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how to store wine
Safely store any type of wine with this easy how-to guide.
There are a few rules in the "how to store wine" guide books that are worthy of writing down and remembering. All wines need to be kept cool, away from direct light, and in a stable location. Remember that oxygen is the enemy of good wine. Exposing wine to oxygen causes the process of oxidation to begin. Oxidation causes wine to spoil or age prematurely - a process that is similar to what happens when a fruit or vegetable rots.
Do Not Expose Wine To Direct Light
Storing wine in direct light causes it to age prematurely. This will adversely affect the flavor of wine. Wines store best in dark, cool places. This is why they've traditionally been stored in custom wine storage facilities, wine cellars, or wine racks, as well as closets and basements. A refrigerator can be a good solution. However, a refrigerator that is constantly being opened exposes wine to fluctuating temperatures and bright lights. The family refrigerator is not a good place to store wine long term. Many enthusiasts opt for mini refrigerators that are dedicated solely to wine storage. Most wines are packaged in special dark bottles that prevent light penetration, but even these do not filter out 100% of ultraviolet light.
Cool Temperatures Are Best For Wines
There are two rules to remember about temperatures:
- The optimal temperature for storing wine is 55 degrees Fahrenheit. Do not store wine above 55 degrees Fahrenheit or below 40 degrees Fahrenheit. Wine begins to oxidize at 75 degrees Fahrenheit.
- There should be no, or minimal, fluctuation in temperature. Keep fluctuations at three degrees or less. For example, temperature fluctuations between 48-51 degrees Fahrenheit are acceptable, but fluctuations between 40-55 degrees are not. Extreme fluctuations may expand the cork or compromise the seal. This causes wine to age prematurely and it negatively impacts flavor. Any fluctuations in temperature should be gradual.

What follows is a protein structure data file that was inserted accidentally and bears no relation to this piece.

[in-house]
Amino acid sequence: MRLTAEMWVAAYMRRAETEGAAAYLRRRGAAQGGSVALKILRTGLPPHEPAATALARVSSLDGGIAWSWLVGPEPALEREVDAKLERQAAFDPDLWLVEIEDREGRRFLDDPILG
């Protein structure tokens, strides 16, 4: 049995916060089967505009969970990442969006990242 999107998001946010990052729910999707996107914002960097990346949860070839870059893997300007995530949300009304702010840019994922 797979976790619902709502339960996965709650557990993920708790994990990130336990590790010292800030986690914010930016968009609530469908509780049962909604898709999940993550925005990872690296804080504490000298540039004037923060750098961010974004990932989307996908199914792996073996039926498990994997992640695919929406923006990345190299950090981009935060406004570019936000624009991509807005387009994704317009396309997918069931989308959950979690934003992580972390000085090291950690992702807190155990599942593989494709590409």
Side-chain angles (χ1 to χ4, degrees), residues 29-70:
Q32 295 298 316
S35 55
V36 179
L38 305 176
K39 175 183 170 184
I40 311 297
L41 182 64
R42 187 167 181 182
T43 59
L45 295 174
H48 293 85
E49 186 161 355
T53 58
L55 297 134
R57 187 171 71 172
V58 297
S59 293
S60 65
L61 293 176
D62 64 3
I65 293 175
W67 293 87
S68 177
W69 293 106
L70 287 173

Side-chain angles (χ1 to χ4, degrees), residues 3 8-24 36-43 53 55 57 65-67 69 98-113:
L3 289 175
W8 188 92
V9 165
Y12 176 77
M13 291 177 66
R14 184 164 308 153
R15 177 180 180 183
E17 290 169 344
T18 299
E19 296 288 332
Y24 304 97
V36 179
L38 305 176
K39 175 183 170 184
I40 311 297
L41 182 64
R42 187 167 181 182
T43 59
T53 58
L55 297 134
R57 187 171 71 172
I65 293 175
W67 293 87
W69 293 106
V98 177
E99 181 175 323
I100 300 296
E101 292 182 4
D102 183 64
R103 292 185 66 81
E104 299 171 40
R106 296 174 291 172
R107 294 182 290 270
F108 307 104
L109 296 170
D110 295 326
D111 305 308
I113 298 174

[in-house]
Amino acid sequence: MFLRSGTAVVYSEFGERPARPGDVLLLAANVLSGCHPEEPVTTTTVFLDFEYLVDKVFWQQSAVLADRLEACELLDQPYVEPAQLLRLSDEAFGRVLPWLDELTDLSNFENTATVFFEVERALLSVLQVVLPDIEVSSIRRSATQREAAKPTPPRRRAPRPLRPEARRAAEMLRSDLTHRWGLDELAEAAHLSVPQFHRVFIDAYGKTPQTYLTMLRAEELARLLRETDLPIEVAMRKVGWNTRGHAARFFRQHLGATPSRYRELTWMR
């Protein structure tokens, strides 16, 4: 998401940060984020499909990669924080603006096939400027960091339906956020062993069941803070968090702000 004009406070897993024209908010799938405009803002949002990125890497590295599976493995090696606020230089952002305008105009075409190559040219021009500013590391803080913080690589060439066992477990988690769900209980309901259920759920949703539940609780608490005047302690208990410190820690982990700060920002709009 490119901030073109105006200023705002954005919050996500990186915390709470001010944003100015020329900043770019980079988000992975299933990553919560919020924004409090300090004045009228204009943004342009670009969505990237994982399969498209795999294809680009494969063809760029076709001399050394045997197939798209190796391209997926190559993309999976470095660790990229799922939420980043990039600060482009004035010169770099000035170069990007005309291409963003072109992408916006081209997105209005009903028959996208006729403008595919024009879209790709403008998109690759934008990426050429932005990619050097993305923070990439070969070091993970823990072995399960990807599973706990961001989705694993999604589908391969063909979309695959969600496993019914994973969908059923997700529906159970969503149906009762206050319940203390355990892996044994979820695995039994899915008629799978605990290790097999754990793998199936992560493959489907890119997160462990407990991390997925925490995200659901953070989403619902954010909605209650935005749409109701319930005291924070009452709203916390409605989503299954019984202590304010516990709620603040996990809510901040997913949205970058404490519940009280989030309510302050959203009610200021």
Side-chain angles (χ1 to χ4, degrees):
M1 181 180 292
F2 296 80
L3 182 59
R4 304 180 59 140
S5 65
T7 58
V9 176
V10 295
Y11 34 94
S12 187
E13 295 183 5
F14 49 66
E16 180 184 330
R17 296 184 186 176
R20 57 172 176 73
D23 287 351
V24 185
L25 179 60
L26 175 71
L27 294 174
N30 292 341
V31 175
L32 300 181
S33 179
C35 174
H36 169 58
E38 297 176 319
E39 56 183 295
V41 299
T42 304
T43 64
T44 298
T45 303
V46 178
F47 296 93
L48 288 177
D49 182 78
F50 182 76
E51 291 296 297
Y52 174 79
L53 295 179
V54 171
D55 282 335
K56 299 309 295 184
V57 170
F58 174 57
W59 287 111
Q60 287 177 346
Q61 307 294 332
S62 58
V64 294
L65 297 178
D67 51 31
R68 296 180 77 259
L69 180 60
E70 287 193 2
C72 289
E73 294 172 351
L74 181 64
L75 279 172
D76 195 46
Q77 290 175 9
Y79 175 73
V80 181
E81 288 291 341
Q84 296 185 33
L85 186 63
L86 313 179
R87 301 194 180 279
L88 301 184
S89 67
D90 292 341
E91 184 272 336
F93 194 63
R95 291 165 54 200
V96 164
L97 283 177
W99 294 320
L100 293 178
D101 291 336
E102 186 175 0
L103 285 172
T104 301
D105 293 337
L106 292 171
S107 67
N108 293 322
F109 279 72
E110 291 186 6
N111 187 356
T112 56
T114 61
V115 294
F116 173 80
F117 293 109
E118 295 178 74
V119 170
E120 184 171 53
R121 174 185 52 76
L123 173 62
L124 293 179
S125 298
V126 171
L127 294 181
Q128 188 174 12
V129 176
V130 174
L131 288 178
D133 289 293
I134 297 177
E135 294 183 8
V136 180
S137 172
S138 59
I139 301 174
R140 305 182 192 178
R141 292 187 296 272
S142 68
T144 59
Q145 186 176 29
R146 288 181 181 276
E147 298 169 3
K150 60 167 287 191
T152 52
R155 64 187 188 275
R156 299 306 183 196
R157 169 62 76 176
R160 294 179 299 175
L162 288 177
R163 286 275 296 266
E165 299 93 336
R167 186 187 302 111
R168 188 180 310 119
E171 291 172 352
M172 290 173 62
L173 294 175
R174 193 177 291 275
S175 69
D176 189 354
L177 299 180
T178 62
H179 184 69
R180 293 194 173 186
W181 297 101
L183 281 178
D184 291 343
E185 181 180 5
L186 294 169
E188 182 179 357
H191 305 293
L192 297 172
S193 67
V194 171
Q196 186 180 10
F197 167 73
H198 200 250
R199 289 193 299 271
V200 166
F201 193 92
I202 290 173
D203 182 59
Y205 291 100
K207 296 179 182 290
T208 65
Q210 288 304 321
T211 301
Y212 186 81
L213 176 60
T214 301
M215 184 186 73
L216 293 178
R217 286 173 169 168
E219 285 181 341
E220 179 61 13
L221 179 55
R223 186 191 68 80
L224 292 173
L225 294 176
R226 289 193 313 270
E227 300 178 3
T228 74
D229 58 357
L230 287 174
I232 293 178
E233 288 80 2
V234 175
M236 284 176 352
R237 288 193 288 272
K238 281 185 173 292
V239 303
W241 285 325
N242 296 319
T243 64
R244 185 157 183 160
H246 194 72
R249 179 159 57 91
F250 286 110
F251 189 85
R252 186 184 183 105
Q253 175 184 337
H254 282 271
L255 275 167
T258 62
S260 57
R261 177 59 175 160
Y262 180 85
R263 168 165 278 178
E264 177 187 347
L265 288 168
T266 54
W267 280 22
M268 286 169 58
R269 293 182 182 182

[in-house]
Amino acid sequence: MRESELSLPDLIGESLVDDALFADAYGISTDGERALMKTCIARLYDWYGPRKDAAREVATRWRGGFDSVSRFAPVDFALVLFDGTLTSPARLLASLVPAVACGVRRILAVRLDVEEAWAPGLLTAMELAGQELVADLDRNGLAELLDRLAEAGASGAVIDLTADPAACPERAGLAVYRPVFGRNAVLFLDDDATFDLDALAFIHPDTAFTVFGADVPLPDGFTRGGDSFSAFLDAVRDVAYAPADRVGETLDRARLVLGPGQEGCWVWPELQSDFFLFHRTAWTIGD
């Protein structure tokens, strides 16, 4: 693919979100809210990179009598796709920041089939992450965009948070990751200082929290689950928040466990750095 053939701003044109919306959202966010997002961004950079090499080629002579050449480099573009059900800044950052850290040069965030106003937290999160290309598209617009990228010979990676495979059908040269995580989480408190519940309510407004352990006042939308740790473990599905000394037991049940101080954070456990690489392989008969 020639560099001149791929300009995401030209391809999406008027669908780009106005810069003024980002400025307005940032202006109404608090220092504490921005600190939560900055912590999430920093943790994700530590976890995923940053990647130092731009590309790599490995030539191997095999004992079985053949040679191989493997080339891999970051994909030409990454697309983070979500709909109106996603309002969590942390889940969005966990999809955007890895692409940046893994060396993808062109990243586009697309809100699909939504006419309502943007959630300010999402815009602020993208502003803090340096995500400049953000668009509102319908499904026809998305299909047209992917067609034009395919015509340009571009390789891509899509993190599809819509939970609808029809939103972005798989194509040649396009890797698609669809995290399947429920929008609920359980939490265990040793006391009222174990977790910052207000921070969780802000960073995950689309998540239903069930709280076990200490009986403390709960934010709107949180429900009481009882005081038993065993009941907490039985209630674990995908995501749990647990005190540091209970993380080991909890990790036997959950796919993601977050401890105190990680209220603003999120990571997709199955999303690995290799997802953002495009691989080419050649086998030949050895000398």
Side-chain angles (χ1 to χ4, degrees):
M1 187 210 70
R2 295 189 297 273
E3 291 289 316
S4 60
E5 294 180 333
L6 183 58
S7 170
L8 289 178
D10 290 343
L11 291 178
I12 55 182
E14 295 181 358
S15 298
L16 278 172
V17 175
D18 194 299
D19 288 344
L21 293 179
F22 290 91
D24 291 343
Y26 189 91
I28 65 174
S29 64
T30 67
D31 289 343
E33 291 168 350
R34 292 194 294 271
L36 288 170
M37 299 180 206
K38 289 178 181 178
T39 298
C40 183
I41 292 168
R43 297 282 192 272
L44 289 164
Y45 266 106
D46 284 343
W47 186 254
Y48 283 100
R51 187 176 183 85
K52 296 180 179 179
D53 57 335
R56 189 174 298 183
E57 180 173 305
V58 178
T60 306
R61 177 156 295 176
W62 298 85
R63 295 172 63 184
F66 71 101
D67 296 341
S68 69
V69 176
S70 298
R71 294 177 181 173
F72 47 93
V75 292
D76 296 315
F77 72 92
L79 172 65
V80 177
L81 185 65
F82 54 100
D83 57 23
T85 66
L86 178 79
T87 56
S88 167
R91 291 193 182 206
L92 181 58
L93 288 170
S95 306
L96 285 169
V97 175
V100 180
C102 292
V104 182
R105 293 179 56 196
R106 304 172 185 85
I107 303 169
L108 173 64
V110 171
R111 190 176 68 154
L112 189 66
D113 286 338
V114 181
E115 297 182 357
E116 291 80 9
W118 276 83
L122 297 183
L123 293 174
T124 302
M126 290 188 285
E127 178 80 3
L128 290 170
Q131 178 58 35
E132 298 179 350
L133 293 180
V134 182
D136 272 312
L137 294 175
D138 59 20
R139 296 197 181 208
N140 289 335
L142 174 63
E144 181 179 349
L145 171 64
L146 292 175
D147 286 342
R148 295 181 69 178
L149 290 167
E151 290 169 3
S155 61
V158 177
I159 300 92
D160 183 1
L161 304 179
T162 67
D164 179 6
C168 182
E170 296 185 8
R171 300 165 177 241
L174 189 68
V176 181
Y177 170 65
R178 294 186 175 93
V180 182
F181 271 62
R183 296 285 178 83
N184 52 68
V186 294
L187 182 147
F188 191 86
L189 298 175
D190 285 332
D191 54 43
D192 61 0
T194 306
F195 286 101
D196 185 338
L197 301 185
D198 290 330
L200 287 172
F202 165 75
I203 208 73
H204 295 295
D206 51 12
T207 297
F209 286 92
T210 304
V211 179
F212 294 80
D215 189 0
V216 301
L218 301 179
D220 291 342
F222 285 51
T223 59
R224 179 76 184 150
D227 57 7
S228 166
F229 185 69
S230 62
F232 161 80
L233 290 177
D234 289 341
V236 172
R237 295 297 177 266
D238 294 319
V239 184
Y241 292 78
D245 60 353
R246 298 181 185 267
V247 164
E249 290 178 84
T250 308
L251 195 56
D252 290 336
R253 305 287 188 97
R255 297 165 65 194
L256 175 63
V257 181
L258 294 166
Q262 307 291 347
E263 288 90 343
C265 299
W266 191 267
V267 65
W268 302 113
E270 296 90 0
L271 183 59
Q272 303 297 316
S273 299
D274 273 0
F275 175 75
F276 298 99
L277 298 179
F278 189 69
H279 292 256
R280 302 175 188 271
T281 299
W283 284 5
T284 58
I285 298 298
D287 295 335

Maintain High Humidity Levels
High humidity levels are important. The higher humidity levels (ideally between 65-75%) keep corks from drying out and shrinking. When corks shrink, oxygen enters the wine bottle, causing oxidation of the wine to occur.
Keep Wine Away From Vibrations
Avoid areas with constant vibrations, such as tops of refrigerators, spots near washing machines, motors or heavy traffic areas of the home. Wine should be stored in a place where it will be undisturbed and stable until you're ready to enjoy it.
Wine Should Be Stored On Its Side
Storing a wine bottle on its side keeps the cork in contact with the liquid. This prevents the cork from drying out and shrinking. As mentioned above, when the cork shrinks, it allows oxidation to occur. If you plan to serve a particular bottle of wine within a day or two, it is fine to keep it upright in the refrigerator. For long-term storage, however, the bottle should lay on its side at a slight angle, with the cork end up.
Do Not Store Wine Near Fruits, Vegetables Or Dry Rotted Woods
Storing wine near perishable fruits and vegetables may cause oxidation to occur, and the wine may spoil. Storing corked bottles in a room or space near rotting woods may cause the cork to rot. Storing wine in an area with strong odors is not a good idea either, since the odors may be absorbed through the cork into the wine, adversely affecting flavor.
Maintain Good Air Circulation
Mold may form on wine that is kept in closed spaces with no ventilation. This is especially true for red wines. Store wine in an area that has good air circulation.
How to Store Wine That Has Been Opened
If you've had one glass of wine and you're wondering how to store wine that's left in the opened bottle, here are a few tips:
- Pour the wine into a smaller bottle and put a cork or vacuum stopper in it. The less air (oxygen) you leave between the liquid and the cork or stopper is better.
- You may remove oxygen from partial bottles of wine using a sparging system, with gasses like Argon and Nitrogen. Spray this into the bottle and quickly cork the top.
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